Britons at the time of the invasion of the Romans were divided up into Celtic tribes, such as the Brigantes in what became Northern England and the Iceni in Norfolk. They spoke the Brythonic language, the ancestor of Welsh. After the AD 43 Roman invasion under Claudius, some Britons allied themselves with the Romans and others like Caratacos fought hard against them. Prasutagos of the Iceni was one that allied to Rome, but when he died the dreadful treatment that his wife, Boudica and her daughters suffered at the hands of a Roman procurator caused a revolt to erupt and Camulodunum (Colchester) and Londinium (London) were amongst the cities destroyed. Boudica’s revolt was brutally suppressed.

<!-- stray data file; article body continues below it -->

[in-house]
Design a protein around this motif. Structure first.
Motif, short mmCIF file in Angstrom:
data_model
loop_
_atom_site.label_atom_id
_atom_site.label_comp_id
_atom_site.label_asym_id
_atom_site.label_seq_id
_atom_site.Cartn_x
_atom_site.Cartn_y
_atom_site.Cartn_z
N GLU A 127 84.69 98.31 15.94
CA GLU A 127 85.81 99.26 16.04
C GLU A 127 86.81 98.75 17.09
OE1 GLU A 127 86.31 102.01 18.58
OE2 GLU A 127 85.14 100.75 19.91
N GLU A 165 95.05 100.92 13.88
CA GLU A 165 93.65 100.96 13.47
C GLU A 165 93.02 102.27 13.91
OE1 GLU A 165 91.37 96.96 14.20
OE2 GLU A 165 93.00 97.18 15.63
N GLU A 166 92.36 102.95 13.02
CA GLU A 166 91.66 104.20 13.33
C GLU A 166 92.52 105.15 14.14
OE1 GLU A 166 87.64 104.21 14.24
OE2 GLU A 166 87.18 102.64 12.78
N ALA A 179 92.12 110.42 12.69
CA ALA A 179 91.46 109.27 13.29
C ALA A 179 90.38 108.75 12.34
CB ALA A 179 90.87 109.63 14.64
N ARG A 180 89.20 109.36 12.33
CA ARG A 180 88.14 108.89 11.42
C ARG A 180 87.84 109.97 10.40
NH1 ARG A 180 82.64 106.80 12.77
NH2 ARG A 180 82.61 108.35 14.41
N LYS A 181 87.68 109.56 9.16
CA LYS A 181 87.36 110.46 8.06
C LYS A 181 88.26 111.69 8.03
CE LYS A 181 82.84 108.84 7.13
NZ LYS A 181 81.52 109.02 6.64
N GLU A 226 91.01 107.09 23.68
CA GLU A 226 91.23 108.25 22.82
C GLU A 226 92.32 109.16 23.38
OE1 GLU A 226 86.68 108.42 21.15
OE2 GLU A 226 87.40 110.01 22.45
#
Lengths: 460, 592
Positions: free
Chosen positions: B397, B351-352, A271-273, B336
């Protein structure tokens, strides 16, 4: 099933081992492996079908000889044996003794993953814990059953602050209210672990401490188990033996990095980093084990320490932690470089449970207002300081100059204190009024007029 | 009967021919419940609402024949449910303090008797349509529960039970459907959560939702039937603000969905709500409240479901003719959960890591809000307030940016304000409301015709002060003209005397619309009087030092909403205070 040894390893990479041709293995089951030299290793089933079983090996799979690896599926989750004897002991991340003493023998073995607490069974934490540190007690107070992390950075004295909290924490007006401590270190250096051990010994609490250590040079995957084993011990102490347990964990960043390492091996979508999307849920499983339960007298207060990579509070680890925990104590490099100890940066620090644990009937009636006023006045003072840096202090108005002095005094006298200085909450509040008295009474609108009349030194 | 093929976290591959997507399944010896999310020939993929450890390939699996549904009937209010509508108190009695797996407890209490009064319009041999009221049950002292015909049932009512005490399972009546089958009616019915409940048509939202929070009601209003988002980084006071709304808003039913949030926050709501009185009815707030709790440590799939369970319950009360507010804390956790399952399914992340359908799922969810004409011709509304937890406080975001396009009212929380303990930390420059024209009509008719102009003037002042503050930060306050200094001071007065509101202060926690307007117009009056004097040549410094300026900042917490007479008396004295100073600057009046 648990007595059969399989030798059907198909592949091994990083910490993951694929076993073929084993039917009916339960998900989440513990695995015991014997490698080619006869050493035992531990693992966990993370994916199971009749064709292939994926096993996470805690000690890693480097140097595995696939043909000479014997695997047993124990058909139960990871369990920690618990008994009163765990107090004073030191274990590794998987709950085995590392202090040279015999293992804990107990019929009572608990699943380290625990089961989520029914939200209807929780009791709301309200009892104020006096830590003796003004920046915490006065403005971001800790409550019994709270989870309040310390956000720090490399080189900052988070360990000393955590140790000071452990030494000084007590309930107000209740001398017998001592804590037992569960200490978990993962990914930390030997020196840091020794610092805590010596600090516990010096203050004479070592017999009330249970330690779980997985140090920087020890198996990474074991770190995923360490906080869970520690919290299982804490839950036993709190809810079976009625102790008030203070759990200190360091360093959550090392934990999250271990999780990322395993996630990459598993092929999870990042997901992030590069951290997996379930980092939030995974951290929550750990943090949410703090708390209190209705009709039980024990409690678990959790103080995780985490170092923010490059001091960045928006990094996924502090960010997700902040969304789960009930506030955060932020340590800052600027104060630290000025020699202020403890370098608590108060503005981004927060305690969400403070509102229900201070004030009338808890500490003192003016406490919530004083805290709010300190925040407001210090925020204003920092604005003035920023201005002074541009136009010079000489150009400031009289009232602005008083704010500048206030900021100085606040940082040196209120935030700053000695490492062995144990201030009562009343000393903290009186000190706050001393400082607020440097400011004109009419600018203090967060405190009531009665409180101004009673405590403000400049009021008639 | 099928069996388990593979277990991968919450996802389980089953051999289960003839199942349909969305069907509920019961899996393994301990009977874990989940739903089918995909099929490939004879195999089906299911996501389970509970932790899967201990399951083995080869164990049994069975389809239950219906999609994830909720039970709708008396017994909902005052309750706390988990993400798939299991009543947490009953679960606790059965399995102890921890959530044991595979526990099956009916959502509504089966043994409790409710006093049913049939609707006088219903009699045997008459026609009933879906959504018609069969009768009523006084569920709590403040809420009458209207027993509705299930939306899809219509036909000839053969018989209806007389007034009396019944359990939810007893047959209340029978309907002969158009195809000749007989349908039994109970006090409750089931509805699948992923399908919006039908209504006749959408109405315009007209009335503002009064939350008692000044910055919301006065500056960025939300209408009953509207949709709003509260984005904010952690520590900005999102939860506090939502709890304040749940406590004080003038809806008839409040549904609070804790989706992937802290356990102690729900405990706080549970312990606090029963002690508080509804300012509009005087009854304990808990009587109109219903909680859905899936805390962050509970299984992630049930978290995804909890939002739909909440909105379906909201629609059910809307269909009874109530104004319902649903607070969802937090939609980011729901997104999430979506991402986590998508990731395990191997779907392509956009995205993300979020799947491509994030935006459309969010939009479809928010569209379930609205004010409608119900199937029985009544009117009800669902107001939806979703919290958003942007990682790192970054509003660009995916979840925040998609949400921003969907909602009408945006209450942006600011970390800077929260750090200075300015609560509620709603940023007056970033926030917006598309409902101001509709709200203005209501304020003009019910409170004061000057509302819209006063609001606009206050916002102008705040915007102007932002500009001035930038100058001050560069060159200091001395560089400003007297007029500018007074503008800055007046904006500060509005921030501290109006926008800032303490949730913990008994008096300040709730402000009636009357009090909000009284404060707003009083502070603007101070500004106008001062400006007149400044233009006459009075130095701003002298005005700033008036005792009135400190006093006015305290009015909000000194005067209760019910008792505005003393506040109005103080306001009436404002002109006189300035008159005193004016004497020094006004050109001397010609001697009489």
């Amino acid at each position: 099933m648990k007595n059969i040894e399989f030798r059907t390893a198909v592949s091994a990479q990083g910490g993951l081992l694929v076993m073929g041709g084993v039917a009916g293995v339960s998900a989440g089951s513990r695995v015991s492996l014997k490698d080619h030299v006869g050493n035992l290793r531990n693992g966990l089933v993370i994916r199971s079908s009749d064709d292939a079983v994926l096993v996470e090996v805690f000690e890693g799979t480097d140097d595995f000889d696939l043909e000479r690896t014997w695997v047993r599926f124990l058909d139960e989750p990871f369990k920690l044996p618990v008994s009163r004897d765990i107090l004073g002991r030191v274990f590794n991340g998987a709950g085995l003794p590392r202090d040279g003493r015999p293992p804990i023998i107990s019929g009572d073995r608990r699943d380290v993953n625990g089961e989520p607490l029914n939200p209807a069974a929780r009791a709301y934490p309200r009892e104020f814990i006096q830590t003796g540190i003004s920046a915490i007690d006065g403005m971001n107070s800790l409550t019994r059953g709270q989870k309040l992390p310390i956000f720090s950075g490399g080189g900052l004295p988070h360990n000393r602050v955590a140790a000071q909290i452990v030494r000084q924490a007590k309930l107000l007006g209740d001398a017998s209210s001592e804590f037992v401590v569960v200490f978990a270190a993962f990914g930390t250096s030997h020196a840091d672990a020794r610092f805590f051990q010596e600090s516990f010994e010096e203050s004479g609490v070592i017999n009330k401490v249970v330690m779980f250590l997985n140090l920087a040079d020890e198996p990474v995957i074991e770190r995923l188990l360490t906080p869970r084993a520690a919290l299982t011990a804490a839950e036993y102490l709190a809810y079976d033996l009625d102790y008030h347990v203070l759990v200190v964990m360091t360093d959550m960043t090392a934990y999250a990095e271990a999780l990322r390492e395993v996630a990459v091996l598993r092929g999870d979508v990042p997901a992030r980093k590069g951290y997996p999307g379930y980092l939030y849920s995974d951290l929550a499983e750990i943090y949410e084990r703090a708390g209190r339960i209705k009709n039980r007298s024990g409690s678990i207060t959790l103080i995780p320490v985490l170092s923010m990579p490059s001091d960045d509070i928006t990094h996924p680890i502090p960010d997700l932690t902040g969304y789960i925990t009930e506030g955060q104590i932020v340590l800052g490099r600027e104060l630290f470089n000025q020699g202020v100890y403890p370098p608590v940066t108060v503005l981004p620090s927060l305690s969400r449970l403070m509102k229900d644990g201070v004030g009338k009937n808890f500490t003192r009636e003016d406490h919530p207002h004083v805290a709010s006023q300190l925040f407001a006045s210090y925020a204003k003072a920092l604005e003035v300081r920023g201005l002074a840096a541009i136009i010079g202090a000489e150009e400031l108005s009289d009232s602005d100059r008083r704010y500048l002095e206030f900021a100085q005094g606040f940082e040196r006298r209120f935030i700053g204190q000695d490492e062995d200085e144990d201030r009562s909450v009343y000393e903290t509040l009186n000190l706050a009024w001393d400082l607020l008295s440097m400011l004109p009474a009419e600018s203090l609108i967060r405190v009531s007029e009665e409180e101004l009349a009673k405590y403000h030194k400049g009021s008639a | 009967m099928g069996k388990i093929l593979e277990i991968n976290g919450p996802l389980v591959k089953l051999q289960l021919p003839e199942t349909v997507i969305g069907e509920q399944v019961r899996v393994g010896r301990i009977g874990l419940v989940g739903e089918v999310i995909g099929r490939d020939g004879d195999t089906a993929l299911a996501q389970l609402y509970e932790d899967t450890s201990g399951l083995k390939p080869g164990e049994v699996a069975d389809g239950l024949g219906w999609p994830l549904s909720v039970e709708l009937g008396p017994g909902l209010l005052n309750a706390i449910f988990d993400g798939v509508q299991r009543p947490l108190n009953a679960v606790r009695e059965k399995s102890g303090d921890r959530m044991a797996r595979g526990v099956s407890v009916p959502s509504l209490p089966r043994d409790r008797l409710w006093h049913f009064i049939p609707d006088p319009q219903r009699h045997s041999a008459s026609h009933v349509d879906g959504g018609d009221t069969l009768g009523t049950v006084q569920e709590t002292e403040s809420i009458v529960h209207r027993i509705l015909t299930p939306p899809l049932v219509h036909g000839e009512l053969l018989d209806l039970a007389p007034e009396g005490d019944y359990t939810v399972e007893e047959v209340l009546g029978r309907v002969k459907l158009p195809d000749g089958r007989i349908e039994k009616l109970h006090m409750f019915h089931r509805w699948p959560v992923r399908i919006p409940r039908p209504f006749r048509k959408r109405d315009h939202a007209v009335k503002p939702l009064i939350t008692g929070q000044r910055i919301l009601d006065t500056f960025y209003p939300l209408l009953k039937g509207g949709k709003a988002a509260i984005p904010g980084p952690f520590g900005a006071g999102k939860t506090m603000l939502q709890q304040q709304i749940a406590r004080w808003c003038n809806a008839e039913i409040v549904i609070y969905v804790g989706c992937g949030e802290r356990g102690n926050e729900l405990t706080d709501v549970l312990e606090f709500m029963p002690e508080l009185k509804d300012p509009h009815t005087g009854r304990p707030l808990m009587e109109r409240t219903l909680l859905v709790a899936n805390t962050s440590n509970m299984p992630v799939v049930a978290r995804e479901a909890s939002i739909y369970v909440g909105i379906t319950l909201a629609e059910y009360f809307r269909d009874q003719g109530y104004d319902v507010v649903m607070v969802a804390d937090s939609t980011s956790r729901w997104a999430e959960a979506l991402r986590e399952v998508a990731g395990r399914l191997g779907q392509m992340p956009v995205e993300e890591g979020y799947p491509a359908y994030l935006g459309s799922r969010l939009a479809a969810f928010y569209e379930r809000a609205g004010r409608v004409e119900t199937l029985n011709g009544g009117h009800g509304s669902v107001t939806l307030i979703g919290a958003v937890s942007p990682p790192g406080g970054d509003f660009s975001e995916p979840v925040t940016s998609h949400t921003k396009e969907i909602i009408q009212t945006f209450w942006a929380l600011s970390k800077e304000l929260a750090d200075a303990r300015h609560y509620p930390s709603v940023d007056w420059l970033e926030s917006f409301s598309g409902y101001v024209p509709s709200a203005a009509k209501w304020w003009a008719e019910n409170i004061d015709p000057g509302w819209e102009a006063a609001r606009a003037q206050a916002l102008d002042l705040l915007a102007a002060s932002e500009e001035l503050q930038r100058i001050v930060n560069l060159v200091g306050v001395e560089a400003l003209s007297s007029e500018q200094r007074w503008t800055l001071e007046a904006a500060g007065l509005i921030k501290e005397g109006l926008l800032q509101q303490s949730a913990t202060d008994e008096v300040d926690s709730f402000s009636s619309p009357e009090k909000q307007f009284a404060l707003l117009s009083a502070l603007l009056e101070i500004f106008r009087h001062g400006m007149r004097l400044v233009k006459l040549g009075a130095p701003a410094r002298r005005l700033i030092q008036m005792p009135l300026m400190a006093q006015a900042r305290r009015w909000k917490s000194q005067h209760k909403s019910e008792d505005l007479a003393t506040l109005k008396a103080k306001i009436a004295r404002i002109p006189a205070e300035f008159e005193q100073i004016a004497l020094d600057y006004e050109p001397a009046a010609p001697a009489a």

Most Britons were Romanised in the centuries of Roman rule. But those in Wales and those beyond Hadrian’s Wall were less so, and they formed kingdoms in the early Dark Ages such as Gwynedd (in North Wales) and Strathclyde (in the west of what later became Scotland). The Anglo-Saxons took over much land from the Britons, and Old English replaced Brythonic (which we can start calling Cymraeg or Old Welsh) in the lands that became England.